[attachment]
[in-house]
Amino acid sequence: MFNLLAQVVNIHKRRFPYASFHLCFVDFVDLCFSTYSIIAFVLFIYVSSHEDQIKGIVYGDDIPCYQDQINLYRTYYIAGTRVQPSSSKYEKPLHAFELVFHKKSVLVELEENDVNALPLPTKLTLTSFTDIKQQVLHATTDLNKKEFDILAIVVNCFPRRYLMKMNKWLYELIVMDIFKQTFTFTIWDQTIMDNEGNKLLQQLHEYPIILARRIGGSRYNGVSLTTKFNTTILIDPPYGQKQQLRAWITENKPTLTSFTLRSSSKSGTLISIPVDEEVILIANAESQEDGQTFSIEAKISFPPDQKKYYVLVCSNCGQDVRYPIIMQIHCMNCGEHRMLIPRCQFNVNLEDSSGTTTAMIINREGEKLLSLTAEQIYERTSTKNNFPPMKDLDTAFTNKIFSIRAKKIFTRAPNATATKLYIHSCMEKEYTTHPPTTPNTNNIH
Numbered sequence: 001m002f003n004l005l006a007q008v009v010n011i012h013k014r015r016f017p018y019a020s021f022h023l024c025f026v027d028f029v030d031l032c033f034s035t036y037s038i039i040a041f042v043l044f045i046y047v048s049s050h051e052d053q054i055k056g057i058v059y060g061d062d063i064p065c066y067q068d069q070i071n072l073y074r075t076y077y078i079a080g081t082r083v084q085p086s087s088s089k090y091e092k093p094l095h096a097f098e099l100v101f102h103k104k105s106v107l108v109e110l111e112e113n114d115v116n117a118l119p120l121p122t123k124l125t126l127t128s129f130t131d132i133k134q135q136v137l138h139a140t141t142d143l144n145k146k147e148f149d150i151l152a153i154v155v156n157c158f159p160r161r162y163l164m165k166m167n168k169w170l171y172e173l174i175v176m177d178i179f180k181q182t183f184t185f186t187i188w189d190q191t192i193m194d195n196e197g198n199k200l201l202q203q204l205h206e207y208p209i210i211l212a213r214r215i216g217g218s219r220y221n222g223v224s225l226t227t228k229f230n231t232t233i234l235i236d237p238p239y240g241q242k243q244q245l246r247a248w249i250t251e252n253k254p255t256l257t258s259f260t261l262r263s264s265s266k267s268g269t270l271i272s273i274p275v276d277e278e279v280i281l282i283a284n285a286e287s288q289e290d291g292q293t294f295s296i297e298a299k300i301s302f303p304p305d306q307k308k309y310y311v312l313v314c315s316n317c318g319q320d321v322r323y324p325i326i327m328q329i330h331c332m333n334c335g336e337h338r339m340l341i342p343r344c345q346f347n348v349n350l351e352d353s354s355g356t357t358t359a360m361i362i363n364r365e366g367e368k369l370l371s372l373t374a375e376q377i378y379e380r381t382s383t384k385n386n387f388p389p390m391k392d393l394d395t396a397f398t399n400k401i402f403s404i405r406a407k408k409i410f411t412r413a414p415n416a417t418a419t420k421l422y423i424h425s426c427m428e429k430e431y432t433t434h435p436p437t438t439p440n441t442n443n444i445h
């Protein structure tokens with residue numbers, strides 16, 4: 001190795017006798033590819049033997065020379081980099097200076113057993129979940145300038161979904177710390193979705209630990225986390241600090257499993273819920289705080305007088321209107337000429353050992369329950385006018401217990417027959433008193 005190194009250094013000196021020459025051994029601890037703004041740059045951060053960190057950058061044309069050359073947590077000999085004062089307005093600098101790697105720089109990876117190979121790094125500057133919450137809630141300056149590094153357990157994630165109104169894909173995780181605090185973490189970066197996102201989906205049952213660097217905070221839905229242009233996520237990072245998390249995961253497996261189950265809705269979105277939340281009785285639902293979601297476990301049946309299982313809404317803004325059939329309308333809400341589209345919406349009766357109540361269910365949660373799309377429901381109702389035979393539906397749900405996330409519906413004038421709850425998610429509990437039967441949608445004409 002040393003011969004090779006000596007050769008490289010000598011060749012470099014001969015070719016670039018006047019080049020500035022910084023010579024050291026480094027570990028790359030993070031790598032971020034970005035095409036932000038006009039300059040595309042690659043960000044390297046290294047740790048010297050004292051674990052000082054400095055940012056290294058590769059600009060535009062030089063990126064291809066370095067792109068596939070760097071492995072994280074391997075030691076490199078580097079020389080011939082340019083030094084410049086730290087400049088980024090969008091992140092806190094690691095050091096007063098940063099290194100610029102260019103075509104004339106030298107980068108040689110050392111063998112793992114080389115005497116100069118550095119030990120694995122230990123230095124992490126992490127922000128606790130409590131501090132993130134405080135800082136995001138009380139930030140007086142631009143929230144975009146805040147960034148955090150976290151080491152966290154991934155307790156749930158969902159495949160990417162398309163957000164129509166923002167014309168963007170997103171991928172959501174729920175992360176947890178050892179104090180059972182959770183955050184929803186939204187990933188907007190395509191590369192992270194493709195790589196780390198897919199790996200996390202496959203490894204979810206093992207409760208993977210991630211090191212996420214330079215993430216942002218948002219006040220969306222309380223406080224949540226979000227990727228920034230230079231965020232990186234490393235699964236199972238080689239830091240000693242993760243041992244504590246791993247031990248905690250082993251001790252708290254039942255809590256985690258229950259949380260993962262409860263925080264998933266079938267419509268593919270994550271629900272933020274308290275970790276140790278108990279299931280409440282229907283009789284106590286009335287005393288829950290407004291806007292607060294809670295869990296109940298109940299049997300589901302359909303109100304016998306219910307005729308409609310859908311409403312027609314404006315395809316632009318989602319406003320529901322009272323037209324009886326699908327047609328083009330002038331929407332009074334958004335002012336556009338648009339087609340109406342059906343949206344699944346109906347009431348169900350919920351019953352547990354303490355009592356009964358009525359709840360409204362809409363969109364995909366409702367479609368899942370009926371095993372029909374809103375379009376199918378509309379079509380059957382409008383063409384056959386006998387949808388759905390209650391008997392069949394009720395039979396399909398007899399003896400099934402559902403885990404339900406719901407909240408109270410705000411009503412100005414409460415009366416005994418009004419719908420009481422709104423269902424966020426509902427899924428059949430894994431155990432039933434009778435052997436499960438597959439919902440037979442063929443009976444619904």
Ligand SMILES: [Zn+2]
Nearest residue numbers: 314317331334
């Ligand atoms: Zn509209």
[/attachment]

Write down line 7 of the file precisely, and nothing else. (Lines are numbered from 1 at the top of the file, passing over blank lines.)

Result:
């Ligand atoms: Zn509209």